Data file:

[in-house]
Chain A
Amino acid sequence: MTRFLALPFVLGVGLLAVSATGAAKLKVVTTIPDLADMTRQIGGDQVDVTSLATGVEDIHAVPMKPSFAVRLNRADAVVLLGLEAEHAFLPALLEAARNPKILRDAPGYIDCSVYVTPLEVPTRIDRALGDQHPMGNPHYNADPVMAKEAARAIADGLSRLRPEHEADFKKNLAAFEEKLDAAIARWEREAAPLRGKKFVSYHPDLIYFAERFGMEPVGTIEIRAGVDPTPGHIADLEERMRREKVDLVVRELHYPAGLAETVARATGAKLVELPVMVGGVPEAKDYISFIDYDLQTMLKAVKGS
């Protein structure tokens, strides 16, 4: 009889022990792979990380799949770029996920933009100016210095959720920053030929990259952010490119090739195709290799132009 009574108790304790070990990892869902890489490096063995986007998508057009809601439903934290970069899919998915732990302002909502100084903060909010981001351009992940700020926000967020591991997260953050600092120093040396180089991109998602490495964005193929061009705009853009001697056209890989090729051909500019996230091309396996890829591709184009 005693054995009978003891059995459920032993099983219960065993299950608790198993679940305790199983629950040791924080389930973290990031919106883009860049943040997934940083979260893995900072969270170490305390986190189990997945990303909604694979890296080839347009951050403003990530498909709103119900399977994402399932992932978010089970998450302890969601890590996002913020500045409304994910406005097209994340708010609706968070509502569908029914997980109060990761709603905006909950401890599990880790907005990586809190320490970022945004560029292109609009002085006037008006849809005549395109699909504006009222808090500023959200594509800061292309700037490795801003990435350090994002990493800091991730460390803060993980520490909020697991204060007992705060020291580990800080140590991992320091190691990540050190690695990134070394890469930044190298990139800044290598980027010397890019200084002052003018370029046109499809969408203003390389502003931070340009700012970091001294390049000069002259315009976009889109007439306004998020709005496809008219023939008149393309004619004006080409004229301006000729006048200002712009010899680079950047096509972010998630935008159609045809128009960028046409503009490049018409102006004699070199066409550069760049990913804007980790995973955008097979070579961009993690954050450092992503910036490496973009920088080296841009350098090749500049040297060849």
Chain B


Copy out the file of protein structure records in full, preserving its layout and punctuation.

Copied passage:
[in-house]
Chain A
Amino acid sequence: MTRFLALPFVLGVGLLAVSATGAAKLKVVTTIPDLADMTRQIGGDQVDVTSLATGVEDIHAVPMKPSFAVRLNRADAVVLLGLEAEHAFLPALLEAARNPKILRDAPGYIDCSVYVTPLEVPTRIDRALGDQHPMGNPHYNADPVMAKEAARAIADGLSRLRPEHEADFKKNLAAFEEKLDAAIARWEREAAPLRGKKFVSYHPDLIYFAERFGMEPVGTIEIRAGVDPTPGHIADLEERMRREKVDLVVRELHYPAGLAETVARATGAKLVELPVMVGGVPEAKDYISFIDYDLQTMLKAVKGS
């Protein structure tokens, strides 16, 4: 009889022990792979990380799949770029996920933009100016210095959720920053030929990259952010490119090739195709290799132009 009574108790304790070990990892869902890489490096063995986007998508057009809601439903934290970069899919998915732990302002909502100084903060909010981001351009992940700020926000967020591991997260953050600092120093040396180089991109998602490495964005193929061009705009853009001697056209890989090729051909500019996230091309396996890829591709184009 005693054995009978003891059995459920032993099983219960065993299950608790198993679940305790199983629950040791924080389930973290990031919106883009860049943040997934940083979260893995900072969270170490305390986190189990997945990303909604694979890296080839347009951050403003990530498909709103119900399977994402399932992932978010089970998450302890969601890590996002913020500045409304994910406005097209994340708010609706968070509502569908029914997980109060990761709603905006909950401890599990880790907005990586809190320490970022945004560029292109609009002085006037008006849809005549395109699909504006009222808090500023959200594509800061292309700037490795801003990435350090994002990493800091991730460390803060993980520490909020697991204060007992705060020291580990800080140590991992320091190691990540050190690695990134070394890469930044190298990139800044290598980027010397890019200084002052003018370029046109499809969408203003390389502003931070340009700012970091001294390049000069002259315009976009889109007439306004998020709005496809008219023939008149393309004619004006080409004229301006000729006048200002712009010899680079950047096509972010998630935008159609045809128009960028046409503009490049018409102006004699070199066409550069760049990913804007980790995973955008097979070579961009993690954050450092992503910036490496973009920088080296841009350098090749500049040297060849």
Chain B